Good God, but life could be less than easy, not that he was unaware that it could certainly be a lot worse, but to go about in such a state, pulse high, face red, worried sick that someone would notice how nervous one was, was certainly less than ideal, and he felt sure that his body was secreting all kinds of harmful chemicals and that the more he worried about the harmful chemicals the faster they were pouring out of wherever it was they came from.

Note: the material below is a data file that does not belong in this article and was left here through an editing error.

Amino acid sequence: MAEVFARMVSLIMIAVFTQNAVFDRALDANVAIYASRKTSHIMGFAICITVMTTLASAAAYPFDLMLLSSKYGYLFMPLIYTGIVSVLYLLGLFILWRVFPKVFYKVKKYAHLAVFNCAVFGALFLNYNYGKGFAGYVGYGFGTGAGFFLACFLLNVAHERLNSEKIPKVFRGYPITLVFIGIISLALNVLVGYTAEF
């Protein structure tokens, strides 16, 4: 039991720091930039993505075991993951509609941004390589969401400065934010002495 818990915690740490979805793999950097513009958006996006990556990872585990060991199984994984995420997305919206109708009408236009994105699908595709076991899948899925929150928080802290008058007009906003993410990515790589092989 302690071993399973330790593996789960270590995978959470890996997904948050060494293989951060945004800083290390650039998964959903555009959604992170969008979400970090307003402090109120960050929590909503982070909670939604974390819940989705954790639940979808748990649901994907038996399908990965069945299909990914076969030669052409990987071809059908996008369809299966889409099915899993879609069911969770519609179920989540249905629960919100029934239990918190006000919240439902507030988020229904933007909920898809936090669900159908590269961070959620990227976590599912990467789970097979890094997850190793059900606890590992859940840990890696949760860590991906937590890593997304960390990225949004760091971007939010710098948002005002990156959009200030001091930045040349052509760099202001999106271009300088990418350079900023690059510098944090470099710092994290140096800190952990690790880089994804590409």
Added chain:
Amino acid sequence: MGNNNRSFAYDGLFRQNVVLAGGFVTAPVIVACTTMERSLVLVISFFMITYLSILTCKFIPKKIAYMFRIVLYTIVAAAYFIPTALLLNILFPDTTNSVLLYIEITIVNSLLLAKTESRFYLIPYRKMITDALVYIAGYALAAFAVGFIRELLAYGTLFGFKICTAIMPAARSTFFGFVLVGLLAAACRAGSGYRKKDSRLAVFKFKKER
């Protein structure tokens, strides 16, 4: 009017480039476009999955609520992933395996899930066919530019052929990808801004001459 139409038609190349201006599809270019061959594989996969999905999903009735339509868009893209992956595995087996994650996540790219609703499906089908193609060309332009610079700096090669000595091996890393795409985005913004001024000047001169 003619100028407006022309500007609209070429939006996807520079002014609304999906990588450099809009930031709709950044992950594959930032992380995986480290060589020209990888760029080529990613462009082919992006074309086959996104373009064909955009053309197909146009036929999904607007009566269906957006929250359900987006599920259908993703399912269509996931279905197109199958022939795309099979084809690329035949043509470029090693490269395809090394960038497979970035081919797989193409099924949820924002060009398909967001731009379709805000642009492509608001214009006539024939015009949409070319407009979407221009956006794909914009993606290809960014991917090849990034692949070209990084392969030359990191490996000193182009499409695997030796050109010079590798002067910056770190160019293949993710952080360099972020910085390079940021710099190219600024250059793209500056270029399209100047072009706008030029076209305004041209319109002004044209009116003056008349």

When he got home, he would sit on the steps and enjoy a few minutes of centered breathing while reciting his mantra, which was "calm down calm down," before the kids came running out and grabbed his legs and sometimes even bit him quite hard in their excitement and Ruth came out to remind him in an angry tone that he wasn't the only one who'd worked all day, and as he walked he gazed out at the beautiful Taganac in an effort to absorb something of her serenity but instead found himself obsessing about the faulty hatch on the gate, which theoretically could allow Annie to toddle out of the yard and into the river, and he pictured himself weeping on the shore, and to eradicate this thought started manically whistling "The Stars and Stripes Forever," while slapping his hands against his sides.